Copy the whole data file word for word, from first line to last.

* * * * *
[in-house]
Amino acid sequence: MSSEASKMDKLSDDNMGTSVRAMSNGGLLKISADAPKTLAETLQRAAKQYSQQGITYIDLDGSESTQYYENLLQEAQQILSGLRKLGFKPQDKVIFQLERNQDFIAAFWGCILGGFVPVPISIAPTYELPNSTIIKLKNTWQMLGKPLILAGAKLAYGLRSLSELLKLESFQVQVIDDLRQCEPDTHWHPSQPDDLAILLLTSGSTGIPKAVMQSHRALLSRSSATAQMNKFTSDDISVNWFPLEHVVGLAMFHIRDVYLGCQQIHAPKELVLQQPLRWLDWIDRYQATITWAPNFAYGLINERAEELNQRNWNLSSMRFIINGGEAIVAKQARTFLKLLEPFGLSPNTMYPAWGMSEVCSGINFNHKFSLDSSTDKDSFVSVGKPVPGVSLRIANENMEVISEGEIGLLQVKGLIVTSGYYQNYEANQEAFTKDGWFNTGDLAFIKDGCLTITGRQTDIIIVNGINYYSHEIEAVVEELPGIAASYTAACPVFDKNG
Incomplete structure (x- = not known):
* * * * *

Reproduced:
[in-house]
Amino acid sequence: MSSEASKMDKLSDDNMGTSVRAMSNGGLLKISADAPKTLAETLQRAAKQYSQQGITYIDLDGSESTQYYENLLQEAQQILSGLRKLGFKPQDKVIFQLERNQDFIAAFWGCILGGFVPVPISIAPTYELPNSTIIKLKNTWQMLGKPLILAGAKLAYGLRSLSELLKLESFQVQVIDDLRQCEPDTHWHPSQPDDLAILLLTSGSTGIPKAVMQSHRALLSRSSATAQMNKFTSDDISVNWFPLEHVVGLAMFHIRDVYLGCQQIHAPKELVLQQPLRWLDWIDRYQATITWAPNFAYGLINERAEELNQRNWNLSSMRFIINGGEAIVAKQARTFLKLLEPFGLSPNTMYPAWGMSEVCSGINFNHKFSLDSSTDKDSFVSVGKPVPGVSLRIANENMEVISEGEIGLLQVKGLIVTSGYYQNYEANQEAFTKDGWFNTGDLAFIKDGCLTITGRQTDIIIVNGINYYSHEIEAVVEELPGIAASYTAACPVFDKNG
Incomplete structure (x- = not known):